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A bi-functional activator/repressor element required for transcriptional activity of the human UCH-L1 gene assembles a neuron-specific protein: single-strand DNA complex

Lookup NU author(s): Professor Derek Mann


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The ubiquitin C-terminal hydrolase (UCH)-L1 gene is expressed in a tissue- and cell-specific manner with expression restricted to neurons and neuroendocrine cells. Regulatory DNA sequences from the 5' untranscribed region of the human UCH-L1 gene will promote neuron specific transcription providing that a 59 bp sequence located between nucleotides -182 and -123 is present in reporter gene constructs. We show that this 59 bp sequence is a bi-functional regulator of transcription, acting as an activator in human neuroblastoma cells (SH-SY5Y) and a strong repressor in HeLa cells. The sense strand of the UCH-L1 activator/repressor element can interact with nuclear proteins that recognize single stranded DNA in a sequence specific manner. Nuclear extracts from neuroblastoma cells generate a protein:ssDNA interaction called complex 1B could be converted into a lower mobility complex (1A) by increasing the protein:DNA ratio. This conversion was not observed when using nuclear extracts from HeLa cells. Formation of neuron specific complex 1A could be prevented by incubation of protein:ssDNA complexes at 2 degrees C or in the presence of mM concentrations of MgCl2. In conclusion, we have identified a novel bi-functional regulatory DNA element in the promoter of the human UCH-L1 gene that contributes to neuron-restricted transcription and which can assemble a neuron specific protein:ssDNA complex on its sense strand.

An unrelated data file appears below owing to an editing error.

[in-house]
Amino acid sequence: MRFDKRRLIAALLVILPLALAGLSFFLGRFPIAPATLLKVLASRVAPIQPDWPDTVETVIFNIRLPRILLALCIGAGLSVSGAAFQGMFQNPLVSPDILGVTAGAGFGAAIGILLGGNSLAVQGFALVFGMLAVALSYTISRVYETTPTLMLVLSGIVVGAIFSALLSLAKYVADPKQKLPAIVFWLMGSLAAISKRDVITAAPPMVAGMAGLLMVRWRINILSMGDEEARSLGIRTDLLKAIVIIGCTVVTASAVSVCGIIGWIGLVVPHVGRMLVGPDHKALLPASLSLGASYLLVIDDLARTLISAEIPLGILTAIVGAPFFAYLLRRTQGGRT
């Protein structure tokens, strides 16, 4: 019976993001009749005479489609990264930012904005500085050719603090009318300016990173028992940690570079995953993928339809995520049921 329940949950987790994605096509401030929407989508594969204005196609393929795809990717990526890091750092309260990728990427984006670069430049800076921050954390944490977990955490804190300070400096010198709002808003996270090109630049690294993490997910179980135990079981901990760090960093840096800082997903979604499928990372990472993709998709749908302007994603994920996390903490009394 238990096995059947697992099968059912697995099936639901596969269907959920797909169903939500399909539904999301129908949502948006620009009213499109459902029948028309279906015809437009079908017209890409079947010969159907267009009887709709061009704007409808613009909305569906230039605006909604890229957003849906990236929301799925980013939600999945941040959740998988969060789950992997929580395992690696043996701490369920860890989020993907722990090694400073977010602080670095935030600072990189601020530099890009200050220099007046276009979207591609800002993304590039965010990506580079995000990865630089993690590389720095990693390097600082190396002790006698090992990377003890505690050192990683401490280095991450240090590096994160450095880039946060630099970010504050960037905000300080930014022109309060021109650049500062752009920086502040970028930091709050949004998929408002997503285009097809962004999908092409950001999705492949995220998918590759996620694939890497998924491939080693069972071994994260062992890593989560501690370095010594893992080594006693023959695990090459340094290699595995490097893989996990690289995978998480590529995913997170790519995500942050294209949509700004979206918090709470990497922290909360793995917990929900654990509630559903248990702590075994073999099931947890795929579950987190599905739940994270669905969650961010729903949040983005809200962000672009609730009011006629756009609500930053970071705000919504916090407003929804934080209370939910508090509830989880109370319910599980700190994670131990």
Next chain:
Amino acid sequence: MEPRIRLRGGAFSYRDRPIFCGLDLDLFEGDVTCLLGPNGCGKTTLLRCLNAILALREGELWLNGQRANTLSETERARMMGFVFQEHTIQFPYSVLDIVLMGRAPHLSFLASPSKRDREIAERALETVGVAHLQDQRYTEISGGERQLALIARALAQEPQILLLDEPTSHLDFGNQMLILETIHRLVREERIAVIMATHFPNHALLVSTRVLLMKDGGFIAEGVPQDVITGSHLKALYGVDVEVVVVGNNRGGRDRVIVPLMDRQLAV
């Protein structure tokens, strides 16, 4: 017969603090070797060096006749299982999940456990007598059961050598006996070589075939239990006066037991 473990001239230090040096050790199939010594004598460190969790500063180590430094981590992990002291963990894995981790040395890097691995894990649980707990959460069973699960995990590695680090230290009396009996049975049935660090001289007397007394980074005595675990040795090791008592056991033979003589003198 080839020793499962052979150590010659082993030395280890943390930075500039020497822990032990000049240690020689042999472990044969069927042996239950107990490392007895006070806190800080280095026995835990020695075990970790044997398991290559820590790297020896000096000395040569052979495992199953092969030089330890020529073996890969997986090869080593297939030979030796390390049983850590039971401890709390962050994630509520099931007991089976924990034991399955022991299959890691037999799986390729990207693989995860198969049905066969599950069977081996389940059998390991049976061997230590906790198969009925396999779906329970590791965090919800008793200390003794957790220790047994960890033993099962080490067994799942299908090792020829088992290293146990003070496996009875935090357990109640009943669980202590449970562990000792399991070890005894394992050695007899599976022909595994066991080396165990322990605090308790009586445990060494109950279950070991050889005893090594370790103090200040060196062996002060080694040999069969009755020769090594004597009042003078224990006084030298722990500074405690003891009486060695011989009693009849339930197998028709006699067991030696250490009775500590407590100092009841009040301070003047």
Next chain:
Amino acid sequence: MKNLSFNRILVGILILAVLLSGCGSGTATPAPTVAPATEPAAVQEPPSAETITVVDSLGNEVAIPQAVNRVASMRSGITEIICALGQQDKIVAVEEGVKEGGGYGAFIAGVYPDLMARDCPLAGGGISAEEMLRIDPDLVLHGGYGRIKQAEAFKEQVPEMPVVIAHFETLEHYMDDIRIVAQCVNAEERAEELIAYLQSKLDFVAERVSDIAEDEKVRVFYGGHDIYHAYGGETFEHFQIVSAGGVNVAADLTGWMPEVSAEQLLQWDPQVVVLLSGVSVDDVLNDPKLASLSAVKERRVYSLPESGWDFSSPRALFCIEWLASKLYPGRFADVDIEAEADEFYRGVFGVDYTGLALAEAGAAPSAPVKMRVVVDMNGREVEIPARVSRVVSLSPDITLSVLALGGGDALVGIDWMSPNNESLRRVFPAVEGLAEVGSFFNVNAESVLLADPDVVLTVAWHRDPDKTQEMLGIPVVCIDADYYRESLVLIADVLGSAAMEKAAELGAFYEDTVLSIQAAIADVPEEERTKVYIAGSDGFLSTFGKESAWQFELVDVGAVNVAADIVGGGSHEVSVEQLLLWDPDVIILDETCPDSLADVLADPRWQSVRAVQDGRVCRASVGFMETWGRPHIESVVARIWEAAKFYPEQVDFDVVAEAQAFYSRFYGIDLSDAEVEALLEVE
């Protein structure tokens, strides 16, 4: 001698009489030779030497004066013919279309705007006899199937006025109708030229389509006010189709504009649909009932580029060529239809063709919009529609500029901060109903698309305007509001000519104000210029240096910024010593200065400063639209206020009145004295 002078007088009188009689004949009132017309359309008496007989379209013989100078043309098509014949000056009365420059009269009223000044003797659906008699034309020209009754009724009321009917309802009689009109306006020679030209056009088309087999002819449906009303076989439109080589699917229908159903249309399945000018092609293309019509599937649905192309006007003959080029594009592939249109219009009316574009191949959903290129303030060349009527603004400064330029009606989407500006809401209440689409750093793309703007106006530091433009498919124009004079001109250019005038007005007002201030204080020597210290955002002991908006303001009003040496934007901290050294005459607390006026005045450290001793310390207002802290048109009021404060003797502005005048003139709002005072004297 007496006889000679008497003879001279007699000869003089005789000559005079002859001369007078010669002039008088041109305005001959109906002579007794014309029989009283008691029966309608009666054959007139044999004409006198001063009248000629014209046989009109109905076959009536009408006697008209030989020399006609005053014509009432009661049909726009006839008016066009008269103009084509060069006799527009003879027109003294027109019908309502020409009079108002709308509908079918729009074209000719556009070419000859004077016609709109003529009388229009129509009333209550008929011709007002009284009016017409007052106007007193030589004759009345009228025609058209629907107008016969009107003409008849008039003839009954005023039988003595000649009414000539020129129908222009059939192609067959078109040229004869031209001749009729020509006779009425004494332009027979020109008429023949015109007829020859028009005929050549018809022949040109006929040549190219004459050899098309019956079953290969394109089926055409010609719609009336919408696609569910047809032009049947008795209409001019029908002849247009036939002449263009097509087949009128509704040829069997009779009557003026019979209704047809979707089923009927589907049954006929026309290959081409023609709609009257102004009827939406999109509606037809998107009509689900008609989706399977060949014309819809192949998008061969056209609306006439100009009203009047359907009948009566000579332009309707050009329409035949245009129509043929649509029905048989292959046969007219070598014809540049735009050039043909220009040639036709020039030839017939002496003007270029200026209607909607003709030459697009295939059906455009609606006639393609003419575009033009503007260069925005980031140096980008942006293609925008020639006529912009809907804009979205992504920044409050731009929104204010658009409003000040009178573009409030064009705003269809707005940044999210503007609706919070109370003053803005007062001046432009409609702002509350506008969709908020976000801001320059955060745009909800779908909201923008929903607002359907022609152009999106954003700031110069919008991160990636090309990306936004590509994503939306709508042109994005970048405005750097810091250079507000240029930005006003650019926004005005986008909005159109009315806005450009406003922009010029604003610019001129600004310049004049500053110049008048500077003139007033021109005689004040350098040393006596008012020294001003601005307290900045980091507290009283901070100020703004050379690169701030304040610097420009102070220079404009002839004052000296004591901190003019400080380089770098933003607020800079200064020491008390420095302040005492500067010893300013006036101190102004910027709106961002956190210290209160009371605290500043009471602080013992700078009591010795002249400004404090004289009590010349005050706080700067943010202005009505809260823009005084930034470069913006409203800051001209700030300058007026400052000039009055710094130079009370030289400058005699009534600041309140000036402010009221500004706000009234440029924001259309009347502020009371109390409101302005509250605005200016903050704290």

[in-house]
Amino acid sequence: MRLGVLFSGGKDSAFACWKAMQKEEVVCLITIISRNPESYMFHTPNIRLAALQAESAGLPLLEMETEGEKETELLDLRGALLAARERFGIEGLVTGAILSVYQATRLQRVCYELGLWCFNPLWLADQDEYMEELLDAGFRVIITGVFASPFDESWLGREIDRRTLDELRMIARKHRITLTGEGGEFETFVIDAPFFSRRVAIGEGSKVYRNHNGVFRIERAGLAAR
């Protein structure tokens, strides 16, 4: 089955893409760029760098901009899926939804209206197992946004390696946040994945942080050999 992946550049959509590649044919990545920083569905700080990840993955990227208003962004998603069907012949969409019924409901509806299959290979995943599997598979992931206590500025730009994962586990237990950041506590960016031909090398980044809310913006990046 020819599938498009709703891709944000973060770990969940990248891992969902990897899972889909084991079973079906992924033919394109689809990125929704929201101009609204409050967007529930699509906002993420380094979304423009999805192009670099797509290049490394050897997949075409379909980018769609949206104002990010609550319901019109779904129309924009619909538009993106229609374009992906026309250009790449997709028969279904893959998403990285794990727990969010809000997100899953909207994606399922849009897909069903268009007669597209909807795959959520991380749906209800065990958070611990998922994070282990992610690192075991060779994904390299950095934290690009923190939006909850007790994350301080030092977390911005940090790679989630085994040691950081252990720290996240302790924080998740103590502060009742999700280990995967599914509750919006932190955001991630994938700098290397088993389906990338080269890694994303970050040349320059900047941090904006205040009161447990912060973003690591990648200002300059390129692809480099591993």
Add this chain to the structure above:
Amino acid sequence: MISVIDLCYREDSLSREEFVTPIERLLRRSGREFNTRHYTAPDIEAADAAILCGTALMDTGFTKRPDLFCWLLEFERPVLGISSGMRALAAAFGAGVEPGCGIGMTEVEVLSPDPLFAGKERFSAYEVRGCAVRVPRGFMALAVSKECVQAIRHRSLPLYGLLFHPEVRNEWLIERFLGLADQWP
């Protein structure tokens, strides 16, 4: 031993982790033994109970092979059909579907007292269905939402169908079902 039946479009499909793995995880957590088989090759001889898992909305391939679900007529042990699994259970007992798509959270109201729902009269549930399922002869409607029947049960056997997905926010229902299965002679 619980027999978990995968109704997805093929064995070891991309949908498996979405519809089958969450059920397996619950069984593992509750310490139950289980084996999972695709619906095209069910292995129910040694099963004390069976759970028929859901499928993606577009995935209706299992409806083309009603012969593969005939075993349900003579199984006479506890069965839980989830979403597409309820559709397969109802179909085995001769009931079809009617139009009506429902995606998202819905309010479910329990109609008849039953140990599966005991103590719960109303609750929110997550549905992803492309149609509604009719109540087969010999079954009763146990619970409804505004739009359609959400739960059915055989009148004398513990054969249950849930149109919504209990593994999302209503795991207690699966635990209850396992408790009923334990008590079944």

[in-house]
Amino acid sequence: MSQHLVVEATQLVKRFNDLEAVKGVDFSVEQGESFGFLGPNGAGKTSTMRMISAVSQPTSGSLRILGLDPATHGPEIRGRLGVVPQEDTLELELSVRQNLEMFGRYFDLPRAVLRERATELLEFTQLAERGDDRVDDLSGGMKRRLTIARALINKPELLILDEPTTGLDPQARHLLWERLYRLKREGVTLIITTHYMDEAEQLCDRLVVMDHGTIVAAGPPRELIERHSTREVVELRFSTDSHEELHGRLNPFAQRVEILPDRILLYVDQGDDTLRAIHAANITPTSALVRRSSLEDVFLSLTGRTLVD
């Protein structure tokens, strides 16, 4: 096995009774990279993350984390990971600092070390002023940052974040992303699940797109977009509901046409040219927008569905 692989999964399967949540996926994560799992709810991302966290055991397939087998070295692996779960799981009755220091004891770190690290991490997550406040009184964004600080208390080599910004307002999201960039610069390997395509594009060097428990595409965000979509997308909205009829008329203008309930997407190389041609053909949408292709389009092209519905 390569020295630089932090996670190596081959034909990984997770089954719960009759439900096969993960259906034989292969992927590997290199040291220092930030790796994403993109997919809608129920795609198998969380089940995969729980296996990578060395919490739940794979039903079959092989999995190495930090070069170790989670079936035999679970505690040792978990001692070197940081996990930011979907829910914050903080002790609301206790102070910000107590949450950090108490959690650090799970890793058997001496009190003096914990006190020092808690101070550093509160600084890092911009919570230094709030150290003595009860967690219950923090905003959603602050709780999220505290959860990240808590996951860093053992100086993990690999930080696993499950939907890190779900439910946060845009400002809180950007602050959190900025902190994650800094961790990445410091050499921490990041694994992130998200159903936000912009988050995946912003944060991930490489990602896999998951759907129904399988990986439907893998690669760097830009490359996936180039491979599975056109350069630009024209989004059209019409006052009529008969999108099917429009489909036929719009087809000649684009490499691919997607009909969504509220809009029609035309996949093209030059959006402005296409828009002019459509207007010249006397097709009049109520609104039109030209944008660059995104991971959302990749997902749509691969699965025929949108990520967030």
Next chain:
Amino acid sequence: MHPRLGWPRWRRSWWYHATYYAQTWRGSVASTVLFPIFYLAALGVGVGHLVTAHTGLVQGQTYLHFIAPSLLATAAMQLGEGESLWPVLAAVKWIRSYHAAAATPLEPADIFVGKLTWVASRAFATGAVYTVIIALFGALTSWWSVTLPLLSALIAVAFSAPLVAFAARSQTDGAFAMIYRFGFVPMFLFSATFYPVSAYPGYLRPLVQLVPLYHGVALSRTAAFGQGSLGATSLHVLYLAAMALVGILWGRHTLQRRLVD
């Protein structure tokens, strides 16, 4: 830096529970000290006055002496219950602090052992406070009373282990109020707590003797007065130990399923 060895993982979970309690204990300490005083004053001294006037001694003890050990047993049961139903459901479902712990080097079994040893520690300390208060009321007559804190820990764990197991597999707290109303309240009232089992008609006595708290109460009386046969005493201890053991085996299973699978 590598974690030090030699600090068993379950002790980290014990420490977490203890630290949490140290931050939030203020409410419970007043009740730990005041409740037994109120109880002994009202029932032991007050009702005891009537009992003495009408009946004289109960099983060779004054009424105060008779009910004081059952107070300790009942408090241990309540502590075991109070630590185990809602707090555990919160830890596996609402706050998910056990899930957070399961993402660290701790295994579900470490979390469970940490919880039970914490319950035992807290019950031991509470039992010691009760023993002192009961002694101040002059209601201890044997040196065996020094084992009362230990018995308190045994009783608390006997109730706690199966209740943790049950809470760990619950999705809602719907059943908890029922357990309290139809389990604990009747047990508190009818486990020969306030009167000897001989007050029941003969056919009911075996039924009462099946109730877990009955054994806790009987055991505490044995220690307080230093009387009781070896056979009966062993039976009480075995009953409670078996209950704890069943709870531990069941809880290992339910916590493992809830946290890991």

Publication metadata

Author(s): Mann DA; Trowern AR

Publication type: Article

Publication status: Published

Journal: Neuroscience Letters

Year: 1999

Volume: 272

Issue: 1

Pages: 25-8

Print publication date: 01/09/2003

ISSN (print): 0304-3940

ISSN (electronic): 1872-7972

Publisher: Elsevier Science Ireland Ltd


DOI: 10.1016/S0304-3940(99)00479-6

Notes: 0304-3940 (Print) Journal Article


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